The ballad of Billy D

The Southeastern Conference has a commissioner. It has a fancy office complex. It has dozens of employees. It has a cool logo and a reputation for excellence in just about every sport. All it needs now is a theme song.

Based on recent events, a good choice might be the 1966 Lovin' Spoonful ballad "Did You Ever Have To Make Up Your Mind?"

Billy Donovan just became the latest coach with SEC ties to change jobs, then change his mind in a matter of days. Coming off back-to-back NCAA basketball titles at Florida, he last week signed a $27.5 million, five-year contract with the NBA's Orlando Magic. According to published reports, however, he began regretting the decision within 24 hours after making it. That left Orlando's front office little choice but to void Donovan's contract, enabling him to return to the Gators sometime today.

If you close your eyes and sit very still, you can almost hear John Sebastian crooning these lyrics:

"Did you ever have to make up your mind?

"Pick up on one and leave the other one behind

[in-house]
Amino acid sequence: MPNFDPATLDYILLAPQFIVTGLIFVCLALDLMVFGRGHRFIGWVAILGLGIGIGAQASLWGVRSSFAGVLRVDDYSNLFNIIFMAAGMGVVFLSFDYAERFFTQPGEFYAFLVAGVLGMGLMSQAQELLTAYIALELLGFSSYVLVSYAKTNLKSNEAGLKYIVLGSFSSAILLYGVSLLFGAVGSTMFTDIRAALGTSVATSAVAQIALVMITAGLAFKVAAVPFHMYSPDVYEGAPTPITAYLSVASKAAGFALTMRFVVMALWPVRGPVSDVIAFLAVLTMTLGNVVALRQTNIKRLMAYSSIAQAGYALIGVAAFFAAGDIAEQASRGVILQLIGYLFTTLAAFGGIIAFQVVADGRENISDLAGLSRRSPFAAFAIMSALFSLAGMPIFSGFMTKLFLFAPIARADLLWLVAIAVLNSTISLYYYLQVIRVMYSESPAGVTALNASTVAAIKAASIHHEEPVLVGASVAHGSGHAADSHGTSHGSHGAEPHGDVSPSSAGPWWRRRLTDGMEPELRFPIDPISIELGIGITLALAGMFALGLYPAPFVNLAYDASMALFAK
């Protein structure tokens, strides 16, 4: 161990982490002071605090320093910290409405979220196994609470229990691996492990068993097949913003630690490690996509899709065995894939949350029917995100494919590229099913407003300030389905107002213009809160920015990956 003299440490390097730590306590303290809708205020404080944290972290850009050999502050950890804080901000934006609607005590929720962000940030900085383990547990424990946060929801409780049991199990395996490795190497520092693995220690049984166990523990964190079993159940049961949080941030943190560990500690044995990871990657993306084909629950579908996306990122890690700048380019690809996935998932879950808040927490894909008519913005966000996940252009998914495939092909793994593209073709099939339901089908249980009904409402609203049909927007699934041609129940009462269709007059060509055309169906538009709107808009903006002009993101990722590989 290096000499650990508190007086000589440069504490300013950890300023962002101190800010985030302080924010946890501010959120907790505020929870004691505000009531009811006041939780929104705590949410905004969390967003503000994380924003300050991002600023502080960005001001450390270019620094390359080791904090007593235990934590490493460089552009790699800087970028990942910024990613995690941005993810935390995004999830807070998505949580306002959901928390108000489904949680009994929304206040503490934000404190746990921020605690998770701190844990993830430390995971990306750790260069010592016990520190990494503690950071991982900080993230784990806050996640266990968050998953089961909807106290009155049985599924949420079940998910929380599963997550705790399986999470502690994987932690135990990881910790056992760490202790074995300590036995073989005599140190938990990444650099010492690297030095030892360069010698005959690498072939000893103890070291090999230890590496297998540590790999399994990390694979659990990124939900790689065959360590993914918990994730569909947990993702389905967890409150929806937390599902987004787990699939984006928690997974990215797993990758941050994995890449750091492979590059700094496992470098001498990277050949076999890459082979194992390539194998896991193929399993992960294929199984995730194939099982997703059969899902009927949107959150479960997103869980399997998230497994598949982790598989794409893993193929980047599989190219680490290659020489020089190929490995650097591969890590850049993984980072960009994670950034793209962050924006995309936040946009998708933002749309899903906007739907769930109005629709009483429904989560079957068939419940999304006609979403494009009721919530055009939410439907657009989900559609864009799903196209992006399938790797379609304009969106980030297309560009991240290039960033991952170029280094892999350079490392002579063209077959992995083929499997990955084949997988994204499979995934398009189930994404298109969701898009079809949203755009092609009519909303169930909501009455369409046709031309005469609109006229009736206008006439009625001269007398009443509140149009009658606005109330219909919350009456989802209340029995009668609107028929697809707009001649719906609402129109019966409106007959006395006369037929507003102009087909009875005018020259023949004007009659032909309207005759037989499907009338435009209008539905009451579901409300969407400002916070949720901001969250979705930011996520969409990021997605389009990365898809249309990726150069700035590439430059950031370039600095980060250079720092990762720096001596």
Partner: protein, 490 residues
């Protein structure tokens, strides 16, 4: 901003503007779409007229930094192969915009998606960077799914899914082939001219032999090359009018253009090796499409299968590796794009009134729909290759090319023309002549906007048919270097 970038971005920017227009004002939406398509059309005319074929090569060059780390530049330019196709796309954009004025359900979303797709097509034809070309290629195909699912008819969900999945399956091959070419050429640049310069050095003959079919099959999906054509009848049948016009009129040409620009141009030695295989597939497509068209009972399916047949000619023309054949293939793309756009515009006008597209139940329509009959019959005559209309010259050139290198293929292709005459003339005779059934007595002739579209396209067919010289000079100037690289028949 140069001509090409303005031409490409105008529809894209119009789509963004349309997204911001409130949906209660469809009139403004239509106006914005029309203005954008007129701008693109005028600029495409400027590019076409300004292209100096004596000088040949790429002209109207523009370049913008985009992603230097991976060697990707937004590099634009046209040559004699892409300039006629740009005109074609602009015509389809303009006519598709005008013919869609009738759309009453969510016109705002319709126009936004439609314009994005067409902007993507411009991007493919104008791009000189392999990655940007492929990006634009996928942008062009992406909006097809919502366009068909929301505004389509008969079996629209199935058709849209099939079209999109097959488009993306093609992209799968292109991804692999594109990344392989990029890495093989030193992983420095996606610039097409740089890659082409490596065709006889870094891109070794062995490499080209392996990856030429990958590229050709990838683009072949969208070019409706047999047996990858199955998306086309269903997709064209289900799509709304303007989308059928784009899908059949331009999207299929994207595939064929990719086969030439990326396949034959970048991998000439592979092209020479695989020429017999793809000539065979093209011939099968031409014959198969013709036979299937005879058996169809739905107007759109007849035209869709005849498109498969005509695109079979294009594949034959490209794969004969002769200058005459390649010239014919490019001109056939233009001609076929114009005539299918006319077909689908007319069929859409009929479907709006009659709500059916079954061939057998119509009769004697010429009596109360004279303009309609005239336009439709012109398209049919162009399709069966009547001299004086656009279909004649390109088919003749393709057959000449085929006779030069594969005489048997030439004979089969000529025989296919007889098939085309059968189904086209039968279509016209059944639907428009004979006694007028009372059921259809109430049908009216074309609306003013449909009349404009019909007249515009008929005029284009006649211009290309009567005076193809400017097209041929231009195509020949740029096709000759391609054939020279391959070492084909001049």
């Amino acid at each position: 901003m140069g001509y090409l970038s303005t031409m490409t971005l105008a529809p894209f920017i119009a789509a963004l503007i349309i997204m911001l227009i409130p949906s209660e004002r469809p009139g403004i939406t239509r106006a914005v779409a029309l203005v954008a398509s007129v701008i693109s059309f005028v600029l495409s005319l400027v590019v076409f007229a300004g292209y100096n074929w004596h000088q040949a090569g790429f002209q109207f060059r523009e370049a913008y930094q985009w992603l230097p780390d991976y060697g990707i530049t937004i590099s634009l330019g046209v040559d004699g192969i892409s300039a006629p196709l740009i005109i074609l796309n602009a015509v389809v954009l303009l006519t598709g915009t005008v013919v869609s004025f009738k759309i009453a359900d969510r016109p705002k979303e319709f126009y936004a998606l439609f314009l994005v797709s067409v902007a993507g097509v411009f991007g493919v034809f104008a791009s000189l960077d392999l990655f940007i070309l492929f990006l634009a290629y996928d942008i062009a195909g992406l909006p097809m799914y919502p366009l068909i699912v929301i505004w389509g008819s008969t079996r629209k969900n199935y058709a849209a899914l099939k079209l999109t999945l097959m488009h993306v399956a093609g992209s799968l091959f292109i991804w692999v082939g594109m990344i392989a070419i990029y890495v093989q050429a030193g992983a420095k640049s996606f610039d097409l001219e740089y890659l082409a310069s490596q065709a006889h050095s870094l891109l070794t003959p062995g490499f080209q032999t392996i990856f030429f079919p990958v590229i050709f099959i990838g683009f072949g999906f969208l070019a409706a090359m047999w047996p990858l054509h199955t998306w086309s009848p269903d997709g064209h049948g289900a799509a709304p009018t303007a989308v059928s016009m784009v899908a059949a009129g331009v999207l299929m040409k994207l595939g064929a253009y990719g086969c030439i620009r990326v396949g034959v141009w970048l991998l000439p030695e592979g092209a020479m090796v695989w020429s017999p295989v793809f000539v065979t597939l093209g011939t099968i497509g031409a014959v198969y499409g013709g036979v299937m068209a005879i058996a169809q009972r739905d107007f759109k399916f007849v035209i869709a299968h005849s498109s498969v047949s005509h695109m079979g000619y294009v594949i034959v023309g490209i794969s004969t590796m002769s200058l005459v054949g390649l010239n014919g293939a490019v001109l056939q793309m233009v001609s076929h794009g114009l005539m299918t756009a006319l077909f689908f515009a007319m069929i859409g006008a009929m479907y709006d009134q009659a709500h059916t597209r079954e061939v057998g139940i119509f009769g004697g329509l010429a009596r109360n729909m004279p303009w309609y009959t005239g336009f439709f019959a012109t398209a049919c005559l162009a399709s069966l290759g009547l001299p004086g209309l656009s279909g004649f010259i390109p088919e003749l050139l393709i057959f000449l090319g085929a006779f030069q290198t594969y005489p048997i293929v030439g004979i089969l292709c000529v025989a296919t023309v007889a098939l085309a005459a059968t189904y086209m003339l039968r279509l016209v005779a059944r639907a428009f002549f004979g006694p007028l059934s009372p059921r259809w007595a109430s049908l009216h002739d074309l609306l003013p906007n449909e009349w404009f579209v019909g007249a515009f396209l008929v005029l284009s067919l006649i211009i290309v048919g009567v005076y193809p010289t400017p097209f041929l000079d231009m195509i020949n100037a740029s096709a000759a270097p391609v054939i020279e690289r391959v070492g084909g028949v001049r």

"It's not often easy, and not often kind

"Did you ever have to make up your mind?"

The fact is, Donovan's waffling is nothing new. He is merely following a time-honored SEC tradition. Consider:

1993: Basketball coach Bobby Cremins of Georgia Tech assumes the reins at South Carolina, only to renege and return to Atlanta two days later.

1995: Football coach Glen Mason of Kansas accepts the top job at Georgia, only to back out and return to the Jayhawks after one week.

1998: Basketball coach Kevin Stallings of Illinois State privately agrees to take over at Tennessee, only to reverse his field the same day.

2007: Basketball coach Dana Altman of Creighton assumes the reins at Arkansas, only to backtrack within 48 hours.

And, lest Tennessee fans forget, the Vols have hired a couple of assistant football coaches who barely stuck around long enough to unpack their suitcases. Secondary coach A.J. Christoff, hired by Johnny Majors in the 1980s, stayed about a week. Linebackers coach Andy McCollum, hired by Phillip Fulmer in 1995, left after spring practice and returned to Baylor.

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